Most concussions resolve within a short timeframe, but some may persist up to a month or longer. If your symptoms do not improve or linger beyond 3 weeks, make sure that a qualified healthcare provider assesses you. There may be an underlying problem that needs to be addressed or you may need to alter your current management strategy in some way.

It is normal to feel frustrated, sad or angry during your recovery because you cannot return to sports, recreational or academic activities right away. It is better to miss a few games, than an entire season.

What is baseline testing and why is it important?

Because concussions can be difficult to diagnose and test for, it is recommended that athletes obtain a baseline test before the start of the sport season. A baseline test gives health professionals a point of reference or “snap shot” of your pre-season cognitive and physical function so that if you sustain a concussion, the after-injury results can be compared to your baseline test. Having a baseline test helps health professionals more accurately gauge the severity of your concussion, objectively monitor your recovery and determine when it is safe for you to return to play.

What are the components of baseline test?

Shift uses a combination of several testing strategies to obtain a comprehensive picture of each athlete:

Neurocognitive Testing (ImPACT®)

Integral uses the ImPACT test as part of all baseline assessments. ImPACT is a computer-based test that takes about 30 minutes to complete. ImPACT measures things like memory, attention span, how quickly you process information and how quickly you respond to certain instructions or tasks. ImPACT is the most widely used and most scientifically validated computerized concussion test available.

Balance and postural stability

It is well established that balance and postural stability are often affected following a concussive injury. Every athlete is unique and with each season may be at a different level of physical development and athletic skill.

Visual Coordination Screening

The visual system is often significantly impacted by a concussion. In many cases visual acuity or overall clarity of vision is not affected but the ability of the eyes to work together in a coordinated fashion. Symptoms of visual dysfunction after a concussion may include eye pain, dizziness, focusing issues, difficulty reading and headache. Screening visual coordination skills at baseline aids health professionals in better identifying these issues after a concussion and recommending the right form of therapy.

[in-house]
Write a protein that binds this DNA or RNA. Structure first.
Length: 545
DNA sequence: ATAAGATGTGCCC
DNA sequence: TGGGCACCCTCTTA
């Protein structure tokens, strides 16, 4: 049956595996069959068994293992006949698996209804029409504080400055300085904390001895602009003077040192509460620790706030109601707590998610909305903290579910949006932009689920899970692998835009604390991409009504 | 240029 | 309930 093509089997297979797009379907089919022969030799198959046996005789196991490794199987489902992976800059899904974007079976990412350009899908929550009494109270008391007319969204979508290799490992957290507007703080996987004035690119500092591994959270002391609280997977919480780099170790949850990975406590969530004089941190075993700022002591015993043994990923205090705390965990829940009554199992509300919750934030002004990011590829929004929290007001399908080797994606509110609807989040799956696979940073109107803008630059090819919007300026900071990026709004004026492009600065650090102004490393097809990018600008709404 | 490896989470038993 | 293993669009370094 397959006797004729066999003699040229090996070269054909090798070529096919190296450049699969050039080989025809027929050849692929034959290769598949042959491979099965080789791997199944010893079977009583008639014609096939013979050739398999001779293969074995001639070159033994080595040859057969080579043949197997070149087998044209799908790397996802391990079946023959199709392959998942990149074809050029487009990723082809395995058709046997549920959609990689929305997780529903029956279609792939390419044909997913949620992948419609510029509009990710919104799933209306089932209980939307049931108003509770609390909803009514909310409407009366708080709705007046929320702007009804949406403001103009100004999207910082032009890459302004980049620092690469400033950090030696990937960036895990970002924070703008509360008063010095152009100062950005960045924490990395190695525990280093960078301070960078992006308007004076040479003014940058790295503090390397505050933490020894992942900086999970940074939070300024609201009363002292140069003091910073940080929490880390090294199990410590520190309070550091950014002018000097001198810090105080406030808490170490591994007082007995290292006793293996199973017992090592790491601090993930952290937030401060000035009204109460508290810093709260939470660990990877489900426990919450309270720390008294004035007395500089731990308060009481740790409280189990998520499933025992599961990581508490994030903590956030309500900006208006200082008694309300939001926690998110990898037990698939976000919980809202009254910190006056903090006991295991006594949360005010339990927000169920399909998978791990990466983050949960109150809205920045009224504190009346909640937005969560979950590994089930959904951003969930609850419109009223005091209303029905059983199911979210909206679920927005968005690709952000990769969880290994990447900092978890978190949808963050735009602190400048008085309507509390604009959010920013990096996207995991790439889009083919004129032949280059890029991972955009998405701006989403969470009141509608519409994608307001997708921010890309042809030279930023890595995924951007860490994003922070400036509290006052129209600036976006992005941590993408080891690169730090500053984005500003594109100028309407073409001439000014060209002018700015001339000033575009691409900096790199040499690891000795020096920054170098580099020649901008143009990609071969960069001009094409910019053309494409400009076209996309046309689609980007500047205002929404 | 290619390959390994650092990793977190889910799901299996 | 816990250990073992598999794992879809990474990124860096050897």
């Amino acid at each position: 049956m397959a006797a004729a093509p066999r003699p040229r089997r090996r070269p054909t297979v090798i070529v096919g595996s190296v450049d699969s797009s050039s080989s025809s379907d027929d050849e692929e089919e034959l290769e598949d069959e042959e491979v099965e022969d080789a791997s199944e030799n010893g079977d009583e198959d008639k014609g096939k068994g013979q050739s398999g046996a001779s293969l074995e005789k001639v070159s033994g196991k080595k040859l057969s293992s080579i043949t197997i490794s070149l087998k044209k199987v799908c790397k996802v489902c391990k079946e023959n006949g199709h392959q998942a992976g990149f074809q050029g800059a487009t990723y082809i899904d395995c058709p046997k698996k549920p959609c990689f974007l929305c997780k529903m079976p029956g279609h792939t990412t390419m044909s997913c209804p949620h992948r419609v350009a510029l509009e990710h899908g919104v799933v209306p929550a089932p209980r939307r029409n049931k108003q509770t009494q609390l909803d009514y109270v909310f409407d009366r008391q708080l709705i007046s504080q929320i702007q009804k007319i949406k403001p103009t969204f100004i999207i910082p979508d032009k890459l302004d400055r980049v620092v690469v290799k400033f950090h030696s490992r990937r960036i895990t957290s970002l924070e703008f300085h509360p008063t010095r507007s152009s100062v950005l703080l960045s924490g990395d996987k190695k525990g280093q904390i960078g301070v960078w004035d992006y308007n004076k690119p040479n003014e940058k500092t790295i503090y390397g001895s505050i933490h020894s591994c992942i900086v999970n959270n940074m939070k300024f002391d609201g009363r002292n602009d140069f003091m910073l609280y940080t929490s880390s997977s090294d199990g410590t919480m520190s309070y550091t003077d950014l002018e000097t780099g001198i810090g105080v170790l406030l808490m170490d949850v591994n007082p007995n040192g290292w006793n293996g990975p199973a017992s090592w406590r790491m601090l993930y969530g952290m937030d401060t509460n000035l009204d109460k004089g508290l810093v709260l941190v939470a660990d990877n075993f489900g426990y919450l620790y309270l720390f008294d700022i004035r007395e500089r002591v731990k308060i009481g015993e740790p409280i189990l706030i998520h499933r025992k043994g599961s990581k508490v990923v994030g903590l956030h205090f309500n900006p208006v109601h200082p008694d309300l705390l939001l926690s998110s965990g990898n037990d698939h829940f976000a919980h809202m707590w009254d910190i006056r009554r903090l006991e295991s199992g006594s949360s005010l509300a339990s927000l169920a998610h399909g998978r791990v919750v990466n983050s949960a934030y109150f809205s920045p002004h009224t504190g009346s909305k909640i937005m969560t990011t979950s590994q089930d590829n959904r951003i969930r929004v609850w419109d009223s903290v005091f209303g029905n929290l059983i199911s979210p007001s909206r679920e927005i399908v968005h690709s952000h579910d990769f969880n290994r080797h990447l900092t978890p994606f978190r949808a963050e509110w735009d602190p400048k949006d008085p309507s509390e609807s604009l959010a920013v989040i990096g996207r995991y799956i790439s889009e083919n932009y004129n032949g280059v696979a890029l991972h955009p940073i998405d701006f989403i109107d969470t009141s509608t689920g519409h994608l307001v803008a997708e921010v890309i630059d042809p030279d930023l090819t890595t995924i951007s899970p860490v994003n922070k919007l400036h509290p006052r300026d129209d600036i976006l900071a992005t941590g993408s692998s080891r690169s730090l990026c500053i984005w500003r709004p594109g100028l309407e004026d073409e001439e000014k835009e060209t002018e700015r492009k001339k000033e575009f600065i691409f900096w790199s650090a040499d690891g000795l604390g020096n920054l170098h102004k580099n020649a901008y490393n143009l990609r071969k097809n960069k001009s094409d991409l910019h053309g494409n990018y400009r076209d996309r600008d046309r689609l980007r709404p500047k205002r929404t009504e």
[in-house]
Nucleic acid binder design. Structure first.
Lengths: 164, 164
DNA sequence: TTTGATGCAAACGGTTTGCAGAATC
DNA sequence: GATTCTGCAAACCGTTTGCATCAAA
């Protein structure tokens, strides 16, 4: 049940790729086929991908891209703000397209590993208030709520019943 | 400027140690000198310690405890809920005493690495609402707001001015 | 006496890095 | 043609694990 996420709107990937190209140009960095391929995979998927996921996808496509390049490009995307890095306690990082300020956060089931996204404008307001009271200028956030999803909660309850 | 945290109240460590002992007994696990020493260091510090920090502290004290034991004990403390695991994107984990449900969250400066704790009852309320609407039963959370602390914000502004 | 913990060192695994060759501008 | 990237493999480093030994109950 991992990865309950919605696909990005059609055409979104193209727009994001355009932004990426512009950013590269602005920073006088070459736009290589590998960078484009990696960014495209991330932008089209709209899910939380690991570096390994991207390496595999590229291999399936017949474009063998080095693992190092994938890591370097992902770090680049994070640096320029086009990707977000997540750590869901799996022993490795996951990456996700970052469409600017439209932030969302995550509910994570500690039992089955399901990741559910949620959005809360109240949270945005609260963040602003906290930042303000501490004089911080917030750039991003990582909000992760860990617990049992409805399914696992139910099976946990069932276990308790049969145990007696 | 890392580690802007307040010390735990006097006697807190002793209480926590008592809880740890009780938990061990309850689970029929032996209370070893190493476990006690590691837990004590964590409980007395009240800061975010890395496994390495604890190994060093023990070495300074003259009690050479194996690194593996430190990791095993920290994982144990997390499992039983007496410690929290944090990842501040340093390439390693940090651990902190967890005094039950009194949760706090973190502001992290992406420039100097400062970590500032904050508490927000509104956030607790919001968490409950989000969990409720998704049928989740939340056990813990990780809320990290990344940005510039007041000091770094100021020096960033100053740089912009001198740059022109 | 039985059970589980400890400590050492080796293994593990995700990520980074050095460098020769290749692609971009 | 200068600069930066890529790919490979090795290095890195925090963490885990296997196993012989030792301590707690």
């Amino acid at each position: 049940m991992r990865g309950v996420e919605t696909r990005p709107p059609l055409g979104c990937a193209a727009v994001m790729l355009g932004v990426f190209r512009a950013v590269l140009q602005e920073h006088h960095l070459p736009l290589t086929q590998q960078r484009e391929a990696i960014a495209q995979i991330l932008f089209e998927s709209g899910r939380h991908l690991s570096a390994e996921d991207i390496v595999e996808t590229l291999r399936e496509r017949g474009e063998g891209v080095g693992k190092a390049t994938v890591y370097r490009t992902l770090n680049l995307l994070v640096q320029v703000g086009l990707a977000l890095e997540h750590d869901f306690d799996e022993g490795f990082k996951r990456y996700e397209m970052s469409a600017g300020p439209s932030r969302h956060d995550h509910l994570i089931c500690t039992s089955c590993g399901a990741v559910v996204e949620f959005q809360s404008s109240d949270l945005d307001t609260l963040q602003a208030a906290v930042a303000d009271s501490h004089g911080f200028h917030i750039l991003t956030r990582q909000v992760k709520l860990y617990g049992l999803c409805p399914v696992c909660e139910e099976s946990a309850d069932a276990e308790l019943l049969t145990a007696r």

For more information, visit Shift Concussion & Management website at:

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I would highly recommend Adam to anyone with any type of skeletal problems such as those I had exhibited. He is very thorough and very knowledgeable…and he gets results!!

Jade is the best! She kept me safe while recovering from a back injury and working full time. I found she was really great at adapting exercises and treatment to my pain level.

It is easy to see that Adam loves his job and genuinely wants to help his patients. He brings a sense of humor and a huge amount of knowledge to his work. I would recommend Adam to anyone looking for a great physiotherapist.

Jade in particular was an exemplary PT with an unprecedented aptitude for combining treatment with compassion. It’s rare to see someone so passionate and so dedicated to delivering exceptional care every single day. I would certainly recommend her services to newcomers because she explains the etiology of injuries well and works hard to facilitate recovery during sessions and offers good advice to work on after the session is complete.

Thank you Adam, you are the most educated professional I have ever worked with and without your help and teamwork, my members would not be able to sustain the quality of life that they deserve!